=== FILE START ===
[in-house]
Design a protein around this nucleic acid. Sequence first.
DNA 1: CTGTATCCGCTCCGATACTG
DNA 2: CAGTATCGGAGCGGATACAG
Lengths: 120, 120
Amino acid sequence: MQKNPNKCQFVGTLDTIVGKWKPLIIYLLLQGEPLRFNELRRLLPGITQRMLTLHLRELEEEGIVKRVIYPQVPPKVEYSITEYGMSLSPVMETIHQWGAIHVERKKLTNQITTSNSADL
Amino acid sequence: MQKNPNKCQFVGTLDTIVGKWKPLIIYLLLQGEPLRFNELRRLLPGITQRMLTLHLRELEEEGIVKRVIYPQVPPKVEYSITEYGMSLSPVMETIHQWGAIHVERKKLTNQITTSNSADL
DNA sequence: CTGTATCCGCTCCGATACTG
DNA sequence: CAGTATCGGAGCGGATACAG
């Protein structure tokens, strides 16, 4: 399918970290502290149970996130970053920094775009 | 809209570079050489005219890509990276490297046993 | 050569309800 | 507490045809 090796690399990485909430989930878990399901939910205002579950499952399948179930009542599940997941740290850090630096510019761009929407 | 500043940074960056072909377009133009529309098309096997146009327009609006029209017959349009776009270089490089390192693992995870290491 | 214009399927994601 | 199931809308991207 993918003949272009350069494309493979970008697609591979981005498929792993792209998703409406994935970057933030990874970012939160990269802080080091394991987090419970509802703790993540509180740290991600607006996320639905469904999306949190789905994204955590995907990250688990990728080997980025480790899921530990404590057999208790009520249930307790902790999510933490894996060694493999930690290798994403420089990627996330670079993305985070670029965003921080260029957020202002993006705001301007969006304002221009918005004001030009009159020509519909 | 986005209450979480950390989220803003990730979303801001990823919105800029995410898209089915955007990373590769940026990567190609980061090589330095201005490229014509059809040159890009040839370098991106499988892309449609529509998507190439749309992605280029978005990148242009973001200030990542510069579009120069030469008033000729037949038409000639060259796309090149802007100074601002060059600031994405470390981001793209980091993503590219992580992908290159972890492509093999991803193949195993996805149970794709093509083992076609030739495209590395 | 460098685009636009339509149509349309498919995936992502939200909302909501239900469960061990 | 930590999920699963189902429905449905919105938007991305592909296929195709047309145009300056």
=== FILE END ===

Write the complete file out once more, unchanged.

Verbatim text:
[in-house]
Design a protein around this nucleic acid. Sequence first.
DNA 1: CTGTATCCGCTCCGATACTG
DNA 2: CAGTATCGGAGCGGATACAG
Lengths: 120, 120
Amino acid sequence: MQKNPNKCQFVGTLDTIVGKWKPLIIYLLLQGEPLRFNELRRLLPGITQRMLTLHLRELEEEGIVKRVIYPQVPPKVEYSITEYGMSLSPVMETIHQWGAIHVERKKLTNQITTSNSADL
Amino acid sequence: MQKNPNKCQFVGTLDTIVGKWKPLIIYLLLQGEPLRFNELRRLLPGITQRMLTLHLRELEEEGIVKRVIYPQVPPKVEYSITEYGMSLSPVMETIHQWGAIHVERKKLTNQITTSNSADL
DNA sequence: CTGTATCCGCTCCGATACTG
DNA sequence: CAGTATCGGAGCGGATACAG
């Protein structure tokens, strides 16, 4: 399918970290502290149970996130970053920094775009 | 809209570079050489005219890509990276490297046993 | 050569309800 | 507490045809 090796690399990485909430989930878990399901939910205002579950499952399948179930009542599940997941740290850090630096510019761009929407 | 500043940074960056072909377009133009529309098309096997146009327009609006029209017959349009776009270089490089390192693992995870290491 | 214009399927994601 | 199931809308991207 993918003949272009350069494309493979970008697609591979981005498929792993792209998703409406994935970057933030990874970012939160990269802080080091394991987090419970509802703790993540509180740290991600607006996320639905469904999306949190789905994204955590995907990250688990990728080997980025480790899921530990404590057999208790009520249930307790902790999510933490894996060694493999930690290798994403420089990627996330670079993305985070670029965003921080260029957020202002993006705001301007969006304002221009918005004001030009009159020509519909 | 986005209450979480950390989220803003990730979303801001990823919105800029995410898209089915955007990373590769940026990567190609980061090589330095201005490229014509059809040159890009040839370098991106499988892309449609529509998507190439749309992605280029978005990148242009973001200030990542510069579009120069030469008033000729037949038409000639060259796309090149802007100074601002060059600031994405470390981001793209980091993503590219992580992908290159972890492509093999991803193949195993996805149970794709093509083992076609030739495209590395 | 460098685009636009339509149509349309498919995936992502939200909302909501239900469960061990 | 930590999920699963189902429905449905919105938007991305592909296929195709047309145009300056």